Navratilova flummoxed by Stosur flop
Martina Navratilova is demanding answers from Samantha Stosur and the tennis matriarch wants them at Wimbledon.
Navratilova was left flabbergasted by Stosur's shock French Open semi-final loss to Sara Errani, but is even more flummoxed by the Australian's appalling record at the All England Club.
Despite boasting one of the best serves in women's tennis, Stosur has progressed beyond the third round just once in visits to London's SW19 grass courts.
"I would like to ask her what the heck is going on with her at Wimbledon. She's five and nine at Wimbledon lifetime," Navratilova said before Saturday night's Roland Garros final that everyone bar Team Errani expected Stosur to feature in.
"It's like she should be winning there more than here, but she has more confidence on clay."
Navratilova put Stosur's surprise demise in Paris down to being "nervous playing somebody that she's never lost to before, she should beat".
"But you have to win the matches that you're supposed to win and then you have to win the matches you're not supposed to win to win a slam.
"She did that last year at the (US) Open against Serena (Williams), but couldn't find her best tennis.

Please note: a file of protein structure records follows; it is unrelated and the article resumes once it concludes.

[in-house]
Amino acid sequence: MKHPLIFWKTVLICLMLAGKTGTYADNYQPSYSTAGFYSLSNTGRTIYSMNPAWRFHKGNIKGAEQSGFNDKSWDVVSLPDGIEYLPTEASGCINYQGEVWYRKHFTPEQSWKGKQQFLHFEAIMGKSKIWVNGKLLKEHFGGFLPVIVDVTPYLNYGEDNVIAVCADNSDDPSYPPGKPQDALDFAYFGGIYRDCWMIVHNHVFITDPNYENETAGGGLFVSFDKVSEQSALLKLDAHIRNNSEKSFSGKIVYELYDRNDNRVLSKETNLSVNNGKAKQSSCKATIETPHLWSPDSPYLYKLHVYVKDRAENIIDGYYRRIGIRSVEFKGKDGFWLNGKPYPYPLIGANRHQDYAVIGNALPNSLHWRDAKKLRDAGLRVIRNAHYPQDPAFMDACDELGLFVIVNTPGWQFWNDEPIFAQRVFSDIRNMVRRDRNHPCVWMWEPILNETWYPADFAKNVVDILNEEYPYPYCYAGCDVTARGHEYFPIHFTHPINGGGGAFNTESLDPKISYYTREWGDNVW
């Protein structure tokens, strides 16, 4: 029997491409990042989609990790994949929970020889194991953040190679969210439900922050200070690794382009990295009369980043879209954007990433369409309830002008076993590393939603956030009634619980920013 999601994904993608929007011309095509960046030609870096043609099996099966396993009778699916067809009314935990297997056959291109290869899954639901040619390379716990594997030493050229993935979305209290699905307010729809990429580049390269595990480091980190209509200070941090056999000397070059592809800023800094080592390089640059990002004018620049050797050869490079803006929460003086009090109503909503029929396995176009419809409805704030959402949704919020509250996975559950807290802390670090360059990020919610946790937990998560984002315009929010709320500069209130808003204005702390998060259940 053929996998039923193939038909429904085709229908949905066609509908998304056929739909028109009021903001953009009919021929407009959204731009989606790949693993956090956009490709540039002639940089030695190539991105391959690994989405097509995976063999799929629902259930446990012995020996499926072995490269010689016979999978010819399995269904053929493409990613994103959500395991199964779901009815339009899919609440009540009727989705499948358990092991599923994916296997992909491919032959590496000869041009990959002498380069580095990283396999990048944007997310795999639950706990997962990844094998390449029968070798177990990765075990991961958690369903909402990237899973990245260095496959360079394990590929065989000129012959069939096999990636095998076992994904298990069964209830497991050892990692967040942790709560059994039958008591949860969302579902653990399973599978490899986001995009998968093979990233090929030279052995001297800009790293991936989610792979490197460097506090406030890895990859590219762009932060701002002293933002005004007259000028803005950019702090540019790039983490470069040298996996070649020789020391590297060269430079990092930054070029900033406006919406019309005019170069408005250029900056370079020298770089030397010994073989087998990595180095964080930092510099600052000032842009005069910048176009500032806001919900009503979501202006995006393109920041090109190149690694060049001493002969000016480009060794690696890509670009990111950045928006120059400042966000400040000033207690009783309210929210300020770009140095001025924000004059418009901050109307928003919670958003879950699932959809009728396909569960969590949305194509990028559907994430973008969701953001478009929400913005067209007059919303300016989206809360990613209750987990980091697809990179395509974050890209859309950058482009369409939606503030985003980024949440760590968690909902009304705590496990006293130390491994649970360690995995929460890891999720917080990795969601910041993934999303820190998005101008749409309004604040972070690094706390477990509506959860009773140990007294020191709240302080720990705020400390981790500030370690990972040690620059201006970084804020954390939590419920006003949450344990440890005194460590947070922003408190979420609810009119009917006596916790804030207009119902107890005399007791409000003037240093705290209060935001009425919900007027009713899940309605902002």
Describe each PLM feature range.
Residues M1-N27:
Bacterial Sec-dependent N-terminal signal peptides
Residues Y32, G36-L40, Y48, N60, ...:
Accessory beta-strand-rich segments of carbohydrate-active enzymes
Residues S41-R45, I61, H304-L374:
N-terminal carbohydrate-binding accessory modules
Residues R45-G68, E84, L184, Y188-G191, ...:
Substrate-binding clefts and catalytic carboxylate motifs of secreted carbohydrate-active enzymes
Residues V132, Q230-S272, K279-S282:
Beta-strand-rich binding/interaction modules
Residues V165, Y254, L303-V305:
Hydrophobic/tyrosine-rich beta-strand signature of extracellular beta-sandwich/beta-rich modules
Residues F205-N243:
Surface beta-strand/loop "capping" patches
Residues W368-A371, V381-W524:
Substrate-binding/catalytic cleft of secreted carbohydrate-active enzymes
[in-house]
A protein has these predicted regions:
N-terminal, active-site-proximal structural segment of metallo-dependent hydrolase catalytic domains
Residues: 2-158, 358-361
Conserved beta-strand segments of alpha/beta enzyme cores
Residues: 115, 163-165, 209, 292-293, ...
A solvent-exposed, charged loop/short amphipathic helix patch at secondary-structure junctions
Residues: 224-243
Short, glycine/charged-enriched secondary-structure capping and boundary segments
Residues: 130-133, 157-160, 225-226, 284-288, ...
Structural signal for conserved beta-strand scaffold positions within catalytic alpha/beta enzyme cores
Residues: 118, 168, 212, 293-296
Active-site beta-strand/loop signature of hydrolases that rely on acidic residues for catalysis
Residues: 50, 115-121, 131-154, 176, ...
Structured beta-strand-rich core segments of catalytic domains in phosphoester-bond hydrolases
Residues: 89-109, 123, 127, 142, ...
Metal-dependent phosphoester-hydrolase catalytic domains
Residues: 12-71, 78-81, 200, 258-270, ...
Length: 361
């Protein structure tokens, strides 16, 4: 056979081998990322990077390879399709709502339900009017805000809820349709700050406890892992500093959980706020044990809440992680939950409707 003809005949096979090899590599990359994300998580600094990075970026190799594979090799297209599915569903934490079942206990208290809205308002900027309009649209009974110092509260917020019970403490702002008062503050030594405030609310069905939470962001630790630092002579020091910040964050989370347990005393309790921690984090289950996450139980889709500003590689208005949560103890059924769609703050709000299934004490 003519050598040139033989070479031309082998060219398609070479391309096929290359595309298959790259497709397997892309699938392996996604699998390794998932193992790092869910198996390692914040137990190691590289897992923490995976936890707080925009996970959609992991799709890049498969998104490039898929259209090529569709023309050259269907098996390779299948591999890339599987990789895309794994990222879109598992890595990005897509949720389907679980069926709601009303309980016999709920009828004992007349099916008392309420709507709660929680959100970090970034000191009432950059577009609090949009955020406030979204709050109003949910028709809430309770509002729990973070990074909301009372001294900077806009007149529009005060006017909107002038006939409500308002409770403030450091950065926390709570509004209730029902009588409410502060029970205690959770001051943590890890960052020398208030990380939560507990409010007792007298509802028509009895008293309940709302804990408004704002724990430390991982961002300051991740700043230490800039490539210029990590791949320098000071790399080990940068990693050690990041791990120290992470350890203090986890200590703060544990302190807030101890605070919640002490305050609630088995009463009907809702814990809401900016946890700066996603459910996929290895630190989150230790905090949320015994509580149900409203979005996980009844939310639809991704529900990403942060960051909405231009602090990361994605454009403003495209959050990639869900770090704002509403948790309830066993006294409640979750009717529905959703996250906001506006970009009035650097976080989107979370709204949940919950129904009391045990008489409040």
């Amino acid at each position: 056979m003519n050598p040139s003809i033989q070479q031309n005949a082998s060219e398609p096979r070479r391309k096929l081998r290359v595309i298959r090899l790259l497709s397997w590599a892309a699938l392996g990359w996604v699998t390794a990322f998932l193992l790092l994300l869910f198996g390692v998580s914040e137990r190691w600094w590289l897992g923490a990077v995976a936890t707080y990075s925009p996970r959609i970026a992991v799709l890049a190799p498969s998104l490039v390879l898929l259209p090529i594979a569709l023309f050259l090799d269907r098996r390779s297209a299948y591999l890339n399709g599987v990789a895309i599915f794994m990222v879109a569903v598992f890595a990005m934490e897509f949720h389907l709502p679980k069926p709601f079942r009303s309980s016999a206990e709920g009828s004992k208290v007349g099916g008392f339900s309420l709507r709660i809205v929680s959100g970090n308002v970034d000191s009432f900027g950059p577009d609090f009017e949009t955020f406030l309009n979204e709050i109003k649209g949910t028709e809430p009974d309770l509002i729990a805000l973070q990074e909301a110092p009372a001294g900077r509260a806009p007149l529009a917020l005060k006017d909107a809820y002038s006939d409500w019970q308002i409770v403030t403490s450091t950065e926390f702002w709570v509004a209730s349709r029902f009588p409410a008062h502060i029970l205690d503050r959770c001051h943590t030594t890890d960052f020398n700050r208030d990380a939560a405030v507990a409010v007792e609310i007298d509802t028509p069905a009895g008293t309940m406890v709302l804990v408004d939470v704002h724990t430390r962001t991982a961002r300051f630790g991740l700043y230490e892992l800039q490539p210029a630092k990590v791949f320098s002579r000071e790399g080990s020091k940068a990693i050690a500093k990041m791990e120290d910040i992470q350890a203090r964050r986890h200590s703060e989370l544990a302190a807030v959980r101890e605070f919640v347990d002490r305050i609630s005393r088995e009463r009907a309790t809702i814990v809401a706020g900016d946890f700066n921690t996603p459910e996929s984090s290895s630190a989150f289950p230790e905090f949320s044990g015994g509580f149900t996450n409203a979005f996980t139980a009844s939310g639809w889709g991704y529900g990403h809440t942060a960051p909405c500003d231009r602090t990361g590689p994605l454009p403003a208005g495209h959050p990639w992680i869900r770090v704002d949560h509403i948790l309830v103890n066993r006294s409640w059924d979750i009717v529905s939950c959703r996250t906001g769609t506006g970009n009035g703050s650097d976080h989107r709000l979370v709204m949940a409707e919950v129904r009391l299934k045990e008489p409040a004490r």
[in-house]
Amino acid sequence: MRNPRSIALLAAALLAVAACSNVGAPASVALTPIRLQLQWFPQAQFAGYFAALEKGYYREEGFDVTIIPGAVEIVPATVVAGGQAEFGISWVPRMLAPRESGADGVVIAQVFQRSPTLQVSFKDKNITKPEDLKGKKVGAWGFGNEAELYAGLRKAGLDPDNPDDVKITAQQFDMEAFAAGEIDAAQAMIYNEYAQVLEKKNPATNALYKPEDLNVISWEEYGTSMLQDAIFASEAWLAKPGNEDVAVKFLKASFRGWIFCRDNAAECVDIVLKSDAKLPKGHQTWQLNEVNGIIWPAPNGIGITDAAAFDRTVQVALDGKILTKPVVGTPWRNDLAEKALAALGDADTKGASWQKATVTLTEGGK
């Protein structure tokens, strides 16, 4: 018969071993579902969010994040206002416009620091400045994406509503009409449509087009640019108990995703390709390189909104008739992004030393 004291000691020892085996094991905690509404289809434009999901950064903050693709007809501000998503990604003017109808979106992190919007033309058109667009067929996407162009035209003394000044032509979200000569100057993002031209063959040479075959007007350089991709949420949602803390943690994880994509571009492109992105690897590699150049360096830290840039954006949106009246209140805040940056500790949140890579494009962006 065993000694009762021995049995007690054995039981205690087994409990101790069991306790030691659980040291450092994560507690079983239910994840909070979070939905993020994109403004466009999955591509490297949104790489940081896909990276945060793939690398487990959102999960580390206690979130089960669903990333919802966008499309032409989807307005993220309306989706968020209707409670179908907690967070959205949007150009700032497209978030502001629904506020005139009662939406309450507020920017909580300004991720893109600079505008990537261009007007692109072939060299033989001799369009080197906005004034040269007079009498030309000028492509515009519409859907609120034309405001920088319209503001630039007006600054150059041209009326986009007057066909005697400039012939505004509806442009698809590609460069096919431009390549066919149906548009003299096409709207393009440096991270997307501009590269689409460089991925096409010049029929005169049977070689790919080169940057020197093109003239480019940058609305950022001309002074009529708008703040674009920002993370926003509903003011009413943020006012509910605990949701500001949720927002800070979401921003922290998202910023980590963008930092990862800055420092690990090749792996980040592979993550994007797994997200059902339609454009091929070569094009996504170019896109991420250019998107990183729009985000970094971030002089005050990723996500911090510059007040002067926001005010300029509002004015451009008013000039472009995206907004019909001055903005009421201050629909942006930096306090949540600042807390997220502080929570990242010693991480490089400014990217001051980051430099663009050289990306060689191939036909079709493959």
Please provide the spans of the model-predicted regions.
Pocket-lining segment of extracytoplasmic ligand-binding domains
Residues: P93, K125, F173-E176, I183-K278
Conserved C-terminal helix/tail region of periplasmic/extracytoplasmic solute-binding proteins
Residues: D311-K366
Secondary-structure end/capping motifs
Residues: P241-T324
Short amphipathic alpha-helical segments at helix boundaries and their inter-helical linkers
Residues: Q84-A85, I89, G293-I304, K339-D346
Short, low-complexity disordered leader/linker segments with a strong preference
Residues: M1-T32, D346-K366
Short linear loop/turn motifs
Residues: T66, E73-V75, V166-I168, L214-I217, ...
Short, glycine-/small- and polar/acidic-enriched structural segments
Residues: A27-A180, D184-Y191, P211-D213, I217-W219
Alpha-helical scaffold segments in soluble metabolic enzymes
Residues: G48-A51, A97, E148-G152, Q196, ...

"She's still streaky and I don't understand."
While Stosur has been lauded for her powerhouse game, Navratilova - who does actually believe in the Australian - insists the 28-year-old world No.6 needs to be more of a lightweight than heavyweight to realise her full potential.
"If I were her coach, I would concentrate on footwork, just becoming lighter, more of a featherweight boxer rather than a heavyweight," the 18-times grand slam champion said.
"She's powerful, but she needs to feather it. If she would have been able to do that yesterday, I think would have been a different story.
"(When) you get nervous, the feet stop moving even more so. But if you're light on your feet to begin with, even if you get nervous, you can still handle it.
"So technically she just needs clean up her game a little bit.
"But most of all, she just needs relax a little bit and not put so much pressure on herself.
"She did that great in New York; then she failed in Australia (on a) very similar surface.
"Here, her best surface, I mean, she's great getting to the semis, but she should have won yesterday.
"But there's not much wrong with her game. She's 27 years old. She's got plenty of time. She's in her prime. She's got like four, five good years left."